Lost in Yonkers
A spirited young man and his kid brother are forced to endure ten grueling months under the roof of their ruthless grandmother and immature aunt in 2nd Story Theatre's poignant, heartfelt production of Neil Simon's Pulitzer Prize-winning, semi-autographical World War II Era dramatic comedy, "Lost in Yonkers."
In addition to being awarded the 1991 Pulitzer Prize, "Lost in Yonkers" also won Tony Awards for Best Play, Best Leading Actress (Mercedes Ruehl), Best Supporting Actress (Irene Worth), and Best Supporting Actor (Kevin Spacey). A film version was released in 1993, starring Ruehl, Worth and Richard Dreyfuss.
Reminiscent of the playwright's renowned works "Brighton Beach Memoirs" and "Biloxi Blues," "Yonkers" is another touching coming-of-age tale that profiles a year in the life -- 1942, to be precise -- of two brothers, 15-year-old Jay (Andrew Iacovelli) and 13-year-old Arty (Matthew Pirraglia) who are left to live with their Grandma (Paula Faber) and Aunt Bella (Hillary Parker) while their dad, Eddie (Joe Henderson), is out on the road earning money to repay debts incurred from his late wife's battle with cancer.
To call the German-born Grandma emotionally absent would be a massive understatement, and her grown children are living proof of their strict, unduly harsh upbringing. Eddie is terrified of his mother and can't help but cry constantly, Aunt Gert (Tray Gearing) can't complete a sentence without gasping for air whenever in her presence, Bella has the mentality of a sixth grader, and Uncle Louie (Ara Boghigian), a small-time gangster, has never been out of trouble.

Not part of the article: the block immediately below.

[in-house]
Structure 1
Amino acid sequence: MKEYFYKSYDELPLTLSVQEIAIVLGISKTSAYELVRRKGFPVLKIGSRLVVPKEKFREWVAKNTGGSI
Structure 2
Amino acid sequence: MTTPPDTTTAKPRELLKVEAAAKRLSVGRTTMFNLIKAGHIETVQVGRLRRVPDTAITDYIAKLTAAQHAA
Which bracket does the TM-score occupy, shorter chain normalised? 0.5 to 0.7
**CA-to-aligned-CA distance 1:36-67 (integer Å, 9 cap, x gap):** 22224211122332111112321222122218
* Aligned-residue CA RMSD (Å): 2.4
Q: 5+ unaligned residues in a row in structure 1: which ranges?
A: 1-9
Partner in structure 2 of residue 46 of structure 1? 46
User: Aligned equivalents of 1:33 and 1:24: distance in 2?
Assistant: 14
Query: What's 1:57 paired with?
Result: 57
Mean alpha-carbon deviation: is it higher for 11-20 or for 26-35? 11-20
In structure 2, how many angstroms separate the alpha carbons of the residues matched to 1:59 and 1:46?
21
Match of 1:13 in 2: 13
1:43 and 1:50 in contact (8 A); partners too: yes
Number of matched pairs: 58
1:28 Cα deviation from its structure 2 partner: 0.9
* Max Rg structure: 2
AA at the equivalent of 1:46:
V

Under the masterful direction of Mark Peckham, on a stage designed beautifully by Trevor Elliott to resemble a vintage apartment located above a family-owned and operated candy store, the story of Jay and Arty's daily life unfolds.
As much as the boys miss their dad and loathe their temporary dwelling, the two become better acquainted with Bella and Louie and begin to understand (sometimes reluctantly) how their grandmother, a product of a generation when survival rather than happiness was a priority, came to be the bitter, old woman before them.
Iacovelli is especially charming and delivers arguably his best performance (thus far) as older, wiser brother Jay. Pirraglia's earnest portrayal of the younger, impressionable Arty will leave you smiling, and Boghigian is also at his best, despite being in caricature, as the swaggering Uncle Louie.
Faber's impressive, piercing performance as Grandma Kurnitz perfectly conveys that of a woman who has suffered a lifetime of anguish and bitterness, and Parker steals the show (or at least every scene she is in) with her extraordinary, affecting portrayal of the damaged but not broken woman, Bella, determined to overcome her shortcomings.
Simon's work has always managed to poke fun at unpleasant circumstances. "Lost in Yonkers," which is ultimately a story about family, is no exception, and 2nd Story Theatre's gem of a production makes for an unforgettable family occasion.
"Lost in Yonkers" runs through Dec. 16 at 2nd Story Theatre, 28 Market Street, Warren, RI. For tickets and info, call 401-247-4200 or visit 2nd Story Theatre's website.